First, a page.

Gravesend, Nov 2017
I try not to visit new rooms too soon after they open in case they’re still affected by teething problems. The Panic Room seem to open rooms at such a rate though that it’s been hard to find a time to visit when there wasn’t a fairly recently opened game in their stable, and since we were visiting for their Dino Land game I couldn’t resist booking into the brand-new Ten Fathoms Deep at the same time.
The twist here is that it’s played as a versus game. Many venues offer a competitive option simply by having two copies of the same game, but Ten Fathoms goes a step further: the two halves of your group have mirror image rooms that culminate in a single escape pod, with which the faster team can escape while the slower team are left to meet a watery end.
Competitive play is encouraged from the start, where both teams line up beside their respective entrances for a countdown to begin play. Throughout the game there’s an indicator showing how far through the other team is, so you can tell whether they’re ahead or behind, and some sound leaks through the wall between the two halves. It’s soundproofed enough that there isn’t a serious danger of overhearing something critical, but it’s enough to increase the urgency and to make you want to whisper any codes you’ve discovered, just in case.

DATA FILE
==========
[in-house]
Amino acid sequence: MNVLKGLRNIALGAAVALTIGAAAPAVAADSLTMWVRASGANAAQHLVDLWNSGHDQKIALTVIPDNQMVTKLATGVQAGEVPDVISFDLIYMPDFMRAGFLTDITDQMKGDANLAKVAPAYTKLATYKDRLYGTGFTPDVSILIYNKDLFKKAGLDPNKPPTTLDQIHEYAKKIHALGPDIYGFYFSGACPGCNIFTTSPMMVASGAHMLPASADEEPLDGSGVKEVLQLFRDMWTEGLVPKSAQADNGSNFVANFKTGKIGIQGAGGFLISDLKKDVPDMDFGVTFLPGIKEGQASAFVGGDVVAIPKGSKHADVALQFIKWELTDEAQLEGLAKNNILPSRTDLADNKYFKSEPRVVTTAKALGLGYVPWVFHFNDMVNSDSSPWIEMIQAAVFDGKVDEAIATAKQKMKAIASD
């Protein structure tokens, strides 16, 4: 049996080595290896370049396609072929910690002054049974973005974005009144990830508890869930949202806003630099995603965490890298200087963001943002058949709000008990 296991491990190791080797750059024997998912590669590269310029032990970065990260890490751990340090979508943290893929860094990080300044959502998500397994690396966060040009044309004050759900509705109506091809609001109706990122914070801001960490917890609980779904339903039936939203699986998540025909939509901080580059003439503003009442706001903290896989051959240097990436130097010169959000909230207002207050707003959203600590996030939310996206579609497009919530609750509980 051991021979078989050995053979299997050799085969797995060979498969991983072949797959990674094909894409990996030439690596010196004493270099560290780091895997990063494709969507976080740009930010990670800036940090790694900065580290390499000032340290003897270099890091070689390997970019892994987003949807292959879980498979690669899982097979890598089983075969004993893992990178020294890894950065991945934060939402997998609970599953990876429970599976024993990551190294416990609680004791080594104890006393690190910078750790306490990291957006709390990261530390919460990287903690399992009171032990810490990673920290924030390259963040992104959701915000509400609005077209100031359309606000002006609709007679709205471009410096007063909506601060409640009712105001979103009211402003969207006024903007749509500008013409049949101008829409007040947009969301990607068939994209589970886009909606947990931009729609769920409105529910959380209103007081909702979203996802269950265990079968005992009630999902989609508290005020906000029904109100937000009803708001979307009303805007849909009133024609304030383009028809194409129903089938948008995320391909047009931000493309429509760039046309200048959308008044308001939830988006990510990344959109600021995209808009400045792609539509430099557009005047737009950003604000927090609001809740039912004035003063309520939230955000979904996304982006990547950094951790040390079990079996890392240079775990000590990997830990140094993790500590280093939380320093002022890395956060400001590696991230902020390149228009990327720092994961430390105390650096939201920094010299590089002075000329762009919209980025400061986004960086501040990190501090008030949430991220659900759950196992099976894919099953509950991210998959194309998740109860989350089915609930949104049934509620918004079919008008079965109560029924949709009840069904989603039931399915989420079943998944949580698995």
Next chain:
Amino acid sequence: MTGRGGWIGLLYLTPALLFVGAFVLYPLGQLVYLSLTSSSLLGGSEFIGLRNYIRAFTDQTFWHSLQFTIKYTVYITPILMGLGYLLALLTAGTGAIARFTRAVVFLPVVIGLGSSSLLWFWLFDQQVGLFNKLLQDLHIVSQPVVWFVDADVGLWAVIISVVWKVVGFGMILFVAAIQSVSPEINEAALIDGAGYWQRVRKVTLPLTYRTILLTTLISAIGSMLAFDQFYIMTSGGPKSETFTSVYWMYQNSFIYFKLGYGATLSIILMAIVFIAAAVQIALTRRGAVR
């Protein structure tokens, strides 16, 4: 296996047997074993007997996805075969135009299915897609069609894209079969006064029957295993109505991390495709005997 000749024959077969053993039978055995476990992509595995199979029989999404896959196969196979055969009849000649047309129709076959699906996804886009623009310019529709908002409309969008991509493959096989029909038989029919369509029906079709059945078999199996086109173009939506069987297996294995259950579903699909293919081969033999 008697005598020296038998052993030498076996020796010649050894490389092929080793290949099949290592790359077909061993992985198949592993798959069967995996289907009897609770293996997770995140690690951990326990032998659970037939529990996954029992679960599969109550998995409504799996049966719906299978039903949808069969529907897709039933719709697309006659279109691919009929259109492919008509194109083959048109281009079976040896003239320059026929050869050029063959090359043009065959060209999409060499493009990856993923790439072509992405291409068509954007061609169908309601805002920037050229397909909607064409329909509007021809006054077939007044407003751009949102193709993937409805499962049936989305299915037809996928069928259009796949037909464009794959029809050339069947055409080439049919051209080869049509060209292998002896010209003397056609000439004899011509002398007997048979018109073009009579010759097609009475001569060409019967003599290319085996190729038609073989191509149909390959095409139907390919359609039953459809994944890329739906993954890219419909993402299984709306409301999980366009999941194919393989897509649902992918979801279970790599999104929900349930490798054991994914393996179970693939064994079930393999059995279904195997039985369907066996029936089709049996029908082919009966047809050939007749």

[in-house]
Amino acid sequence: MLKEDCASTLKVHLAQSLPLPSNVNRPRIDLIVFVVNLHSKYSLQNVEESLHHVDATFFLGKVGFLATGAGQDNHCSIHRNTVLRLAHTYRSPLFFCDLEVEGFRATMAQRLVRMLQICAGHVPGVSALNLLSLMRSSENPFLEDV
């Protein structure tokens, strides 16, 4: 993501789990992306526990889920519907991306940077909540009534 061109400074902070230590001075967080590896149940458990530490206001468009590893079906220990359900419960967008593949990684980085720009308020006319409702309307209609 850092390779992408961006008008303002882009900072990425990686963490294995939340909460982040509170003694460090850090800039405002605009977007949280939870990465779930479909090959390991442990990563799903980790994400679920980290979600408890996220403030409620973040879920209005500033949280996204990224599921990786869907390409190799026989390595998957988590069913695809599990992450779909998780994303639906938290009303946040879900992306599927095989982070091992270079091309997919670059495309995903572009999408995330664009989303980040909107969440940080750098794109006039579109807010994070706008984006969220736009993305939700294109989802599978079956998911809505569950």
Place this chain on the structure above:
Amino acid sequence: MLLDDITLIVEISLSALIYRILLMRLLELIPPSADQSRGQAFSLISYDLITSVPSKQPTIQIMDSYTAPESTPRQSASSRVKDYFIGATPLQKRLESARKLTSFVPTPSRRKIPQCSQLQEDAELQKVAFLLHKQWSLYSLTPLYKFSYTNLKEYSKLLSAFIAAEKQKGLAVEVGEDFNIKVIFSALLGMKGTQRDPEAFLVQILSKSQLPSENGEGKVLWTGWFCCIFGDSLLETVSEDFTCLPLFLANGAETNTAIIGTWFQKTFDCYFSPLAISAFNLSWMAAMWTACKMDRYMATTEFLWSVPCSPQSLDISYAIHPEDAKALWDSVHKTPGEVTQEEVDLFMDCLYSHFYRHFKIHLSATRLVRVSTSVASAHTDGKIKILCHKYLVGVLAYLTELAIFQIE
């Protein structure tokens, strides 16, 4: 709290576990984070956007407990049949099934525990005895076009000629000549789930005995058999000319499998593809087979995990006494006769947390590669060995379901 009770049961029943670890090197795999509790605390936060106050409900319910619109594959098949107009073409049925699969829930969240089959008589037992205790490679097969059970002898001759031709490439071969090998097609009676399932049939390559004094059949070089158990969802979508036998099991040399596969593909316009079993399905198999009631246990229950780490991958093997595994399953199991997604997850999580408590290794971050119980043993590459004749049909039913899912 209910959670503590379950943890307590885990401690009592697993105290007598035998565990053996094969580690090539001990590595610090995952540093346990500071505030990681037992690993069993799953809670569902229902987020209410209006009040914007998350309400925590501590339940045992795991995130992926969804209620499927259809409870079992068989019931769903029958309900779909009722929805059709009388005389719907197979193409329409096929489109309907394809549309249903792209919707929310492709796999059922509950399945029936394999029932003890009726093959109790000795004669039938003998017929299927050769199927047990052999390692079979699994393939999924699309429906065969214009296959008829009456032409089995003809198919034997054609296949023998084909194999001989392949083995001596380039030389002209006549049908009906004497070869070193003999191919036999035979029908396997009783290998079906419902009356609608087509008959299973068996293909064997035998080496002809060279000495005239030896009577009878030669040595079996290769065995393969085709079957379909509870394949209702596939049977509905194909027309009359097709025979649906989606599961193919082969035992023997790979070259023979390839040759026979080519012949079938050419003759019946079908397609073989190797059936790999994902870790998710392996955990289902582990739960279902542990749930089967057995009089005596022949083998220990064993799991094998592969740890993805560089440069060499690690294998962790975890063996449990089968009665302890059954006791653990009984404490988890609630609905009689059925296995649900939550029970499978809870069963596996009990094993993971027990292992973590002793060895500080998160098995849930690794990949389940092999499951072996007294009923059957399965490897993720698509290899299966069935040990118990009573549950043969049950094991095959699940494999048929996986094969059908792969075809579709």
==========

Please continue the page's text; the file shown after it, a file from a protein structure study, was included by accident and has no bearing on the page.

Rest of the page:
It would be throughly unfair for a team to gain an advantage over their rivals purely by asking for hints more often. The game design deals with that by offering any clues given to one team to the other as well. Since a clue for a puzzle already completed is not much use, this also acts as a mild balancing mechanism, helping a losing team catch up but not causing a winning team to speed further ahead.
The game itself gave a good impression straight away. Stepping in onto metal floors has an authentic submarine feel that the rest of the decor followed through on. It’s not a huge play area, though if anything it’s less claustrophobic than a real submarine.
Puzzle design is mostly naturalistic, with plenty of custom dials and dashboard bits and pieces, sometimes with the more playful feel that’s characteristic of The Panic Room. The difficulty level is perhaps a little lower than average for the games here, but then the challenge is not just to escape in time but to do so ahead of your competitors. The race setup meant there was no shortage of pressure, though I’d have liked the game to push that still further with atmospherics such as audio of rushing water or lighting effects, to give more of an impression of a doomed vessel. Still, the winning team is rewarded with a strong finishing sequence; and if both teams are fast enough, the losers may get to play out the rest and see the full ending as well.